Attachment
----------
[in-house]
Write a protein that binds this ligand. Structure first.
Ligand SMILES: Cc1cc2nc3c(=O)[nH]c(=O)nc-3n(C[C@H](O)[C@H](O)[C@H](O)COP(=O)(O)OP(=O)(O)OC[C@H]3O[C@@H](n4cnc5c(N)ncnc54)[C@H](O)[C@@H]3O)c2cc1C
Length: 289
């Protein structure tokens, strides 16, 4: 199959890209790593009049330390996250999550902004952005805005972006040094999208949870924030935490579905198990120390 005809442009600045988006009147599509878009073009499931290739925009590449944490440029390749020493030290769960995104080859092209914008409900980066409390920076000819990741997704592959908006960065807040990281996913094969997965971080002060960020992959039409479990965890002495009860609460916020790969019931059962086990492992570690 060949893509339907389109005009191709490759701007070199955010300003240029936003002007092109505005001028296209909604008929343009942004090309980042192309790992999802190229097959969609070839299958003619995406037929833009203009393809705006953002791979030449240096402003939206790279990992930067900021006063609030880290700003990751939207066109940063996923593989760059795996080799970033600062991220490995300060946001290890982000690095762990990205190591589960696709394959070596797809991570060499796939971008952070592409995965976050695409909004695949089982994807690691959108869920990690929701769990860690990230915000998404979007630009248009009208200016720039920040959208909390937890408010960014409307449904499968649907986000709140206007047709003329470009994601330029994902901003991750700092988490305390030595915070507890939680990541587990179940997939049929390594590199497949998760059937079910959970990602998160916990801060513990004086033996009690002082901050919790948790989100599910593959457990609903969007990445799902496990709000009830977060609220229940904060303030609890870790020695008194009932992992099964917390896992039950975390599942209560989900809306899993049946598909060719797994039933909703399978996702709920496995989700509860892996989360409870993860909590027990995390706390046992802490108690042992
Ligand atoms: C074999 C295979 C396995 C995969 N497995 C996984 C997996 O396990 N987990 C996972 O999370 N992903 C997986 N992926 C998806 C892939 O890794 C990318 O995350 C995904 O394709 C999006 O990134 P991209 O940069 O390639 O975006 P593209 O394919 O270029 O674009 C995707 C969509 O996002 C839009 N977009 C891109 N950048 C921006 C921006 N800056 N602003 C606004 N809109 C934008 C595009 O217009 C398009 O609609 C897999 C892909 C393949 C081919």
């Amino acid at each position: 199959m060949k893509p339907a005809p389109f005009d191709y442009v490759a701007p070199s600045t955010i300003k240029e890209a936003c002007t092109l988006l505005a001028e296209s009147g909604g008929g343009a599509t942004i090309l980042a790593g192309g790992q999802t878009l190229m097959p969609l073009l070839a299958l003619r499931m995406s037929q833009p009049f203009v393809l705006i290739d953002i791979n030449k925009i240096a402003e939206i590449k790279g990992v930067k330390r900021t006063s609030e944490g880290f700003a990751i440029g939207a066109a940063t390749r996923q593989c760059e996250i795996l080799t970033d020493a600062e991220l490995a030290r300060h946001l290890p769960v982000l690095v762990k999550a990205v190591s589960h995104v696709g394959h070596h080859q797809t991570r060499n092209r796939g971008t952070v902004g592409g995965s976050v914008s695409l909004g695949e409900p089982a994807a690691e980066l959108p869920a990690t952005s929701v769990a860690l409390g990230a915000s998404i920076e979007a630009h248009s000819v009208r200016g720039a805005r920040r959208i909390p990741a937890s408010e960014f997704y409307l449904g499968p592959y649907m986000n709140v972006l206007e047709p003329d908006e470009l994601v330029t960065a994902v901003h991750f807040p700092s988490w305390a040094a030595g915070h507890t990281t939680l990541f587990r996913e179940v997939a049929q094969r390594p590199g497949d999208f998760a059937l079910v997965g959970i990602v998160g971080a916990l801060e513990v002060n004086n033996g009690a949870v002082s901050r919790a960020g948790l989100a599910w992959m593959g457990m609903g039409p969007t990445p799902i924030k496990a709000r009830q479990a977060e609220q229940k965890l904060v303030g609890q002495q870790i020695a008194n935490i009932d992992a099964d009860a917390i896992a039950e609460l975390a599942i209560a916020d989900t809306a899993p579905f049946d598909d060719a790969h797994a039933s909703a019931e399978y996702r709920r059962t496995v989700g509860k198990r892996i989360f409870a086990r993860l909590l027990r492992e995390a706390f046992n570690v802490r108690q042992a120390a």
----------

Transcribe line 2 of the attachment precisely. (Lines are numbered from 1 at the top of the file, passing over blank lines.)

Write a protein that binds this ligand. Structure first.